Being a mom is a full-time job, but many moms also have to balance a career or other responsibilities outside of the home. Finding a balance between work and family life is challenging, but it’s essential for the well-being of yourself and your family. I am sharing these useful time management tips to help you find the balance you need to thrive in both areas.
Before we dive into these tips, it is essential to understand what time management is and its goal. Time management is about more than maximizing the number of completed daily tasks. Instead, time management means focusing on the most important things to you. For example, if you achieve a healthy work-life balance, you can be more productive at work and have more time to spend with your family.
Mom guilt comes from thoughts and feelings that you are not doing enough as a mom or not a good enough mom. Being a working mom is challenging, and you are doing your best. You can’t be everything to everyone, and no one should expect that, including you.
Read my article, 25 Ways To Stop Mom Guilt Immediately to learn how to remove the mom guilt that comes with our parenting choices, circumstances, and thoughts about self-care.
Motherhood is about managing the lives of the family. So between scheduling haircuts, organizing appointments, meal-planning, sports activities, work deadlines, and marriage, you may forget something. Motherhood isn’t about perfection. Instead, the goal is to raise emotionally healthy children who can live and love well in an imperfect world.
Read my article, 10 Myths of Being a Good Mom and How to Overcome Them to discover the truth about good moms and put these myths to rest.
It’s important to remember that you are only human and can only do so much. Setting realistic expectations for yourself and your family can help alleviate some of the pressure and stress of balancing work and home life. It’s easy to feel like you have to do it all, but the truth is that no one can do everything. Be honest with yourself about what you can accomplish in a day or week, and don’t be afraid to ask for help when needed. Remember, it’s not about doing everything perfectly but finding a balance that works for you and your family.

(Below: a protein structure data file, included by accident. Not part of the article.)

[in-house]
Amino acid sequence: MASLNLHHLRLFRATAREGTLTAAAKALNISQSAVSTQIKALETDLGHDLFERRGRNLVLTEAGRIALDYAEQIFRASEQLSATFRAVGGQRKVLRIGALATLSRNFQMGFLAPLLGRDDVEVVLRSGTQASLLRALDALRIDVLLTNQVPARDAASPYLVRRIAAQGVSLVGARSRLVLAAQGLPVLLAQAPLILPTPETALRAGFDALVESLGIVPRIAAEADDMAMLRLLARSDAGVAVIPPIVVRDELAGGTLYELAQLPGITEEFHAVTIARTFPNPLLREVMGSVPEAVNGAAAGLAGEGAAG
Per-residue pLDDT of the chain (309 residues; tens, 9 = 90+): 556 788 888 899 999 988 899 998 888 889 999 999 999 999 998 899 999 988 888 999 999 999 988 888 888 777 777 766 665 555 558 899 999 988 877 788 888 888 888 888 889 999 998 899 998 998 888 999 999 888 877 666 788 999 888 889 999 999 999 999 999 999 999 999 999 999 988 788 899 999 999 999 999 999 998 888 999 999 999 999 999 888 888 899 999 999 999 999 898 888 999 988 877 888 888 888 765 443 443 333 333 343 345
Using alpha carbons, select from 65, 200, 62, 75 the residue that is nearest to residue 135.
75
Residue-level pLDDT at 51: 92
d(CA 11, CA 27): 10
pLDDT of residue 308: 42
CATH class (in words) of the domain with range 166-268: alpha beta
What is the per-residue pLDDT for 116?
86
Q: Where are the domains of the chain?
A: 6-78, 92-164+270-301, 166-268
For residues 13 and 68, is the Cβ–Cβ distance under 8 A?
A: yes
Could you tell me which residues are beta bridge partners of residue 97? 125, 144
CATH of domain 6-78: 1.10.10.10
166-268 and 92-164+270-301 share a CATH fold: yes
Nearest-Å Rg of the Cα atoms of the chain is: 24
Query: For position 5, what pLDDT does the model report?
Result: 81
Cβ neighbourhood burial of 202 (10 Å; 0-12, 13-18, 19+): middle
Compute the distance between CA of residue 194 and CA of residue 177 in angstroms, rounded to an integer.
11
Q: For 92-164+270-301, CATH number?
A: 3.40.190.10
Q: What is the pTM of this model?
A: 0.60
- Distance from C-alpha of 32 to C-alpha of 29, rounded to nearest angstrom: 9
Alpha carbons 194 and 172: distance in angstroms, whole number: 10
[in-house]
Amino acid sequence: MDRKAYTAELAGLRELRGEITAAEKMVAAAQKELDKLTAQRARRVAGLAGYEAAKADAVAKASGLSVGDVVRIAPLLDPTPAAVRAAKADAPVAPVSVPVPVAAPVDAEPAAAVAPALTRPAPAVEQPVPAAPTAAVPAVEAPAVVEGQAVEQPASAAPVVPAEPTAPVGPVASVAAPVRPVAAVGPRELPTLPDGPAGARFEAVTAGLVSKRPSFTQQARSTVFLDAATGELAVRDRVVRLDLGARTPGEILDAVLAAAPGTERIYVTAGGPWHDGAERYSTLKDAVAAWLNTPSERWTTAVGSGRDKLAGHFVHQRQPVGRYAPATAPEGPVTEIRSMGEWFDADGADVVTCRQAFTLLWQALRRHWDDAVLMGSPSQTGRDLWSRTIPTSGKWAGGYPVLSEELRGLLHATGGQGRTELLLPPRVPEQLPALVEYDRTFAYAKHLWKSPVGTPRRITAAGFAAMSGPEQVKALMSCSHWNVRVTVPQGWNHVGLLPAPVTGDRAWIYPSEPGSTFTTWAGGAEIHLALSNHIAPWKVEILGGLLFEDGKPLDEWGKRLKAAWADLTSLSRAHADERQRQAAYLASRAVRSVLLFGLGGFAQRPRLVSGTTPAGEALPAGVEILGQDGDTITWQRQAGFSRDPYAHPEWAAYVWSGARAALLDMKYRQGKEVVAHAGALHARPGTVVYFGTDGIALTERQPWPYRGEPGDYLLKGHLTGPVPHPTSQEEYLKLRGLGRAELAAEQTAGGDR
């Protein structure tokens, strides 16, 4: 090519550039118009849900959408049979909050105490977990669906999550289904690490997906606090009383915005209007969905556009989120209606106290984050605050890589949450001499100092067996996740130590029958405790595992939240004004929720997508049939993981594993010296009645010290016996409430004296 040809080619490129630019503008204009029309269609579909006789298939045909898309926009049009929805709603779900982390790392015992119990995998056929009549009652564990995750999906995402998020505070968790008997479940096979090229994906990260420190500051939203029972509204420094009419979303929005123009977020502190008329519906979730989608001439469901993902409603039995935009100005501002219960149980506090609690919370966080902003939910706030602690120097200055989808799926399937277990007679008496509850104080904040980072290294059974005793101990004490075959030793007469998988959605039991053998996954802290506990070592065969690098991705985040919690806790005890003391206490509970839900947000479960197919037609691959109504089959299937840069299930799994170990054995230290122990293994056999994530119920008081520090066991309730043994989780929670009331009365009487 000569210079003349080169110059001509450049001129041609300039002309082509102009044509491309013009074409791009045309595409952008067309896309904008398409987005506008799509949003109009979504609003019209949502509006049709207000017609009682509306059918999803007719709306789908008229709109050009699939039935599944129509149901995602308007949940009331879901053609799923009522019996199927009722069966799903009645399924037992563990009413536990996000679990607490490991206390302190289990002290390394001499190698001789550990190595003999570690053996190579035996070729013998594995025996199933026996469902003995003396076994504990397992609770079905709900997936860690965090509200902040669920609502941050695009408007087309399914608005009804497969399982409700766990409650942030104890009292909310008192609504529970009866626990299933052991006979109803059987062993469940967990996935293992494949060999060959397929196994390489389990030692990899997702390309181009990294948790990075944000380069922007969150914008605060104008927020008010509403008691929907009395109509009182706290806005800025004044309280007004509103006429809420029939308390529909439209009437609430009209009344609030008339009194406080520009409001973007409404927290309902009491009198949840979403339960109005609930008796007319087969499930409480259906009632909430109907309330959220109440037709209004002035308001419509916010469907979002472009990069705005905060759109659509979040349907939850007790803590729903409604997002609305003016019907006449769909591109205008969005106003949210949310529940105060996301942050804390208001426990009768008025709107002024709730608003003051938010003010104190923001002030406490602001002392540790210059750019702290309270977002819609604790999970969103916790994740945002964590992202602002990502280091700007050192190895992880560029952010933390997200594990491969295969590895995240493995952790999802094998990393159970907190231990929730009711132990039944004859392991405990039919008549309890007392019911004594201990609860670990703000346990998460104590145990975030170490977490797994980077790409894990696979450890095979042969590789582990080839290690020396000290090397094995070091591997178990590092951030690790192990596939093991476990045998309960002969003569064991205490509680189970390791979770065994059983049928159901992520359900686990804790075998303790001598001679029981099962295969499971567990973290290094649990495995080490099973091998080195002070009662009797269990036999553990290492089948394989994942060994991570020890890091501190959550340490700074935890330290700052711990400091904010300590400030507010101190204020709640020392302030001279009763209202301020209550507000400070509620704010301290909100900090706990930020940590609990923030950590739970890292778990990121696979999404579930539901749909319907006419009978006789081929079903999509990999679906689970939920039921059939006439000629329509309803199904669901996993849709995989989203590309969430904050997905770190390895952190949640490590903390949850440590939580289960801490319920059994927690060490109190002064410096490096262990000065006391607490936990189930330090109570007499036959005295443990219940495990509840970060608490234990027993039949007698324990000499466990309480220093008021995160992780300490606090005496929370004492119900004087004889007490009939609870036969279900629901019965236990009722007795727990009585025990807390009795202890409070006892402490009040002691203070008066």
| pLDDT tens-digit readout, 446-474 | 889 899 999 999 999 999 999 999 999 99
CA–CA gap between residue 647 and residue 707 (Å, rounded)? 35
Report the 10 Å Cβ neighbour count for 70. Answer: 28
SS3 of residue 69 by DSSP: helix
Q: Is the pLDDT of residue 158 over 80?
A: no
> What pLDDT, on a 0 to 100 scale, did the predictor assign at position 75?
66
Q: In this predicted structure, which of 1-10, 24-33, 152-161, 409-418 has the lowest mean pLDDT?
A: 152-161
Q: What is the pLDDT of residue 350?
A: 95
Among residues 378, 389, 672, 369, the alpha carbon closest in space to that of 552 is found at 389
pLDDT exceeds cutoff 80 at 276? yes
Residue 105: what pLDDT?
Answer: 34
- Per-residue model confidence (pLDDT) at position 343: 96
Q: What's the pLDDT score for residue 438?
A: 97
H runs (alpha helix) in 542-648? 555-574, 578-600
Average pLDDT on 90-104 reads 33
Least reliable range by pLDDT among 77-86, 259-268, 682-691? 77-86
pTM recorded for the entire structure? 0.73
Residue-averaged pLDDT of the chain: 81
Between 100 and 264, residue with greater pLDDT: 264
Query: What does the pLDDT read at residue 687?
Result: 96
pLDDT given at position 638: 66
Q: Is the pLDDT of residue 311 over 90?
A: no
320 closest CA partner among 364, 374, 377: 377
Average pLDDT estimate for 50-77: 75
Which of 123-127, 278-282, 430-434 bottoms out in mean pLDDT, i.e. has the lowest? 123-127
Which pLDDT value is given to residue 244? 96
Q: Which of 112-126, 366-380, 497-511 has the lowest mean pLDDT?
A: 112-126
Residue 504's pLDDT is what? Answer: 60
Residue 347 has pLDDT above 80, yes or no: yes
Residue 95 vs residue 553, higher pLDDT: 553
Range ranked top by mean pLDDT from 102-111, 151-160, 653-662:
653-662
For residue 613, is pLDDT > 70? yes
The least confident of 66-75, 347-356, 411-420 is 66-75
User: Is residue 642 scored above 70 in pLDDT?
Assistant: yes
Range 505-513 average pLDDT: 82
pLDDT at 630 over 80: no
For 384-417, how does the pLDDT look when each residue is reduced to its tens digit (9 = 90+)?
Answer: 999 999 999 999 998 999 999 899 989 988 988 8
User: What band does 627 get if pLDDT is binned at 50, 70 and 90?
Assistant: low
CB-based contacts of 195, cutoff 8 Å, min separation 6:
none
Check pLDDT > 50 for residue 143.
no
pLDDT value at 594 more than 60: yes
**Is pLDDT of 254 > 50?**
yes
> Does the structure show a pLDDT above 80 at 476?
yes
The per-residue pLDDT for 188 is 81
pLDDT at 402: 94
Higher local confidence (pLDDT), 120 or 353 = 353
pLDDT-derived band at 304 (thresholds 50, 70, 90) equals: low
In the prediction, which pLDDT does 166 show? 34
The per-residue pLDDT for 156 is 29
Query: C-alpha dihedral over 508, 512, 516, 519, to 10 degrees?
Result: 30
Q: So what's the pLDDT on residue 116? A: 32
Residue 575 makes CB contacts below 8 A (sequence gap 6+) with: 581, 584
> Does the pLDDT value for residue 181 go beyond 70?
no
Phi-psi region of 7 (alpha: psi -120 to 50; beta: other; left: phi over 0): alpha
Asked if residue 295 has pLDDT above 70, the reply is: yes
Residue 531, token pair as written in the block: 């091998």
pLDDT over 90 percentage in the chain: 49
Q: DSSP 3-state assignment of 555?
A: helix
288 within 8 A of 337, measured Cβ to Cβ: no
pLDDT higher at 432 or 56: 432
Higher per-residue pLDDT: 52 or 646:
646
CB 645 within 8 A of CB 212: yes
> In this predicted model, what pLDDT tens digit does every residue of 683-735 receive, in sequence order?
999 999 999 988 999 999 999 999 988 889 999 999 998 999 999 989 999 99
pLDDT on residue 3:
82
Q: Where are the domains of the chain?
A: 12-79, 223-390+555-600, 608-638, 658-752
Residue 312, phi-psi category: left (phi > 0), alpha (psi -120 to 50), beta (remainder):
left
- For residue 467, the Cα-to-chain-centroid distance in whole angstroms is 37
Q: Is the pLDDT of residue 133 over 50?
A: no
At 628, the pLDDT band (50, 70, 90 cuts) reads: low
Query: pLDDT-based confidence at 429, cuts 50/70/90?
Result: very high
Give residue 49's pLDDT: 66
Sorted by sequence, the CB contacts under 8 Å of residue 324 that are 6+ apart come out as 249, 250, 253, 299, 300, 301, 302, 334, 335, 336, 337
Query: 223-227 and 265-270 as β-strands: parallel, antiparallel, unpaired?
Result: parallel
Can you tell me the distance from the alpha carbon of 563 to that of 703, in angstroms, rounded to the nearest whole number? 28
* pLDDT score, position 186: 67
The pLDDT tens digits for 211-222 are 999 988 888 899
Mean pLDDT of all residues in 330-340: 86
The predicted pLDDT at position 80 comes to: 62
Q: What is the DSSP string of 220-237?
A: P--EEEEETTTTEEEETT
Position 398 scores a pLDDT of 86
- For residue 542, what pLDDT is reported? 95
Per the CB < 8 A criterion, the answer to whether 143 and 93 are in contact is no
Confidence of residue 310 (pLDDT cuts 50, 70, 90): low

A working mom must prioritize her time and tasks to balance work and family. Make a list of your daily and weekly tasks, and put them in order of importance. Focus on completing the most important tasks first, and don’t hesitate to delegate, as this will free up more time to spend with your family. Consider creating a “5 before 11” list. Most people are the most productive in the morning, so this practice encourages you to complete your top 5 tasks before 11 am. According to Allyson Lewis, Founder of The 7 Minute Life, by completing your 5 before 11, “you will have a blissfully peaceful sense of accomplishment, knowing you have done what is meaningful to you.”
Remember, saying no to things that don’t align with your priorities is okay. You can achieve greater balance and control as a working mom by prioritizing your time and tasks.
Creating boundaries in your work and home life is a great way to help achieve balance. When leaving work, keep yourself from getting pulled into tasks that can wait until tomorrow. Similarly, in your home life, set limits on how much you’re willing to give of yourself. Remember you still have other tasks and commitments to take care of, so make sure to factor this into your day and plan accordingly.
Read my article, 10 Steps for Moms to Set Boundaries in Relationships to learn what boundaries are, why they’re important, and how to implement them.
Balancing the demands of work and family is challenging. So, communication is key for working moms to achieve a healthy balance. Start by talking to your employer about your needs and limitations as a parent. Ask if flexible work arrangements can be made, like working from home or adjusting your working hours to help manage your time and responsibilities better. Communicating with your family about your work schedule and commitments is also essential. Let them know when you’ll be working and when you’ll be available to spend time with them. Involve them in decision-making, such as planning family vacations or scheduling appointments. By keeping the lines of communication open, you can reduce stress and ensure everyone is on the same page.